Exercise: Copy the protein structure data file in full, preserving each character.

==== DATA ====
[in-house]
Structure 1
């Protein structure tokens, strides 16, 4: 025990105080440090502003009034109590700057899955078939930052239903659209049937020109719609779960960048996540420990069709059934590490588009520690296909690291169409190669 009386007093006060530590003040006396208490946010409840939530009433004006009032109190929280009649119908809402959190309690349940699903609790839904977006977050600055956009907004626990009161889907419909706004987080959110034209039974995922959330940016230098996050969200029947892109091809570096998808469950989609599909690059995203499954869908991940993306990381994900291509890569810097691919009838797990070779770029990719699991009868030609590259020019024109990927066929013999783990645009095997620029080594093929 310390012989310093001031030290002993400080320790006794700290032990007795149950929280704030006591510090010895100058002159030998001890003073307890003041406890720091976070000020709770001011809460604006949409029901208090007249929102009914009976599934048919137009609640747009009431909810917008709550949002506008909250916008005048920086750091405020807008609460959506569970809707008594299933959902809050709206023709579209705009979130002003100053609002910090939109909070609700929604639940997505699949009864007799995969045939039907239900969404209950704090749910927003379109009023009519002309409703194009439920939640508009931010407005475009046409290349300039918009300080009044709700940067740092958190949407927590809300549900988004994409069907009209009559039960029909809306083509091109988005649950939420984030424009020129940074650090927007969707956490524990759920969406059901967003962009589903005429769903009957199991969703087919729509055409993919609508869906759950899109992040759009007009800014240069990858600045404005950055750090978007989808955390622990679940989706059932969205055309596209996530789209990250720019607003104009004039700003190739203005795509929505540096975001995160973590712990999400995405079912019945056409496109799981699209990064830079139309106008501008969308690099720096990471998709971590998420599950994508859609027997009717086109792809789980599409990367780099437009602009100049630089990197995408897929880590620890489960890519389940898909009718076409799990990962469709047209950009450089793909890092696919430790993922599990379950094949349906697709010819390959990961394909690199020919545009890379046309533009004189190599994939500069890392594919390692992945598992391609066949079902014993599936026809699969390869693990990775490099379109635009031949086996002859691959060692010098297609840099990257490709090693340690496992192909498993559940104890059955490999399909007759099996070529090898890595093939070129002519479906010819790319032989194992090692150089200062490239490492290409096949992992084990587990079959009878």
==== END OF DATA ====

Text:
[in-house]
Structure 1
């Protein structure tokens, strides 16, 4: 025990105080440090502003009034109590700057899955078939930052239903659209049937020109719609779960960048996540420990069709059934590490588009520690296909690291169409190669 009386007093006060530590003040006396208490946010409840939530009433004006009032109190929280009649119908809402959190309690349940699903609790839904977006977050600055956009907004626990009161889907419909706004987080959110034209039974995922959330940016230098996050969200029947892109091809570096998808469950989609599909690059995203499954869908991940993306990381994900291509890569810097691919009838797990070779770029990719699991009868030609590259020019024109990927066929013999783990645009095997620029080594093929 310390012989310093001031030290002993400080320790006794700290032990007795149950929280704030006591510090010895100058002159030998001890003073307890003041406890720091976070000020709770001011809460604006949409029901208090007249929102009914009976599934048919137009609640747009009431909810917008709550949002506008909250916008005048920086750091405020807008609460959506569970809707008594299933959902809050709206023709579209705009979130002003100053609002910090939109909070609700929604639940997505699949009864007799995969045939039907239900969404209950704090749910927003379109009023009519002309409703194009439920939640508009931010407005475009046409290349300039918009300080009044709700940067740092958190949407927590809300549900988004994409069907009209009559039960029909809306083509091109988005649950939420984030424009020129940074650090927007969707956490524990759920969406059901967003962009589903005429769903009957199991969703087919729509055409993919609508869906759950899109992040759009007009800014240069990858600045404005950055750090978007989808955390622990679940989706059932969205055309596209996530789209990250720019607003104009004039700003190739203005795509929505540096975001995160973590712990999400995405079912019945056409496109799981699209990064830079139309106008501008969308690099720096990471998709971590998420599950994508859609027997009717086109792809789980599409990367780099437009602009100049630089990197995408897929880590620890489960890519389940898909009718076409799990990962469709047209950009450089793909890092696919430790993922599990379950094949349906697709010819390959990961394909690199020919545009890379046309533009004189190599994939500069890392594919390692992945598992391609066949079902014993599936026809699969390869693990990775490099379109635009031949086996002859691959060692010098297609840099990257490709090693340690496992192909498993559940104890059955490999399909007759099996070529090898890595093939070129002519479906010819790319032989194992090692150089200062490239490492290409096949992992084990587990079959009878």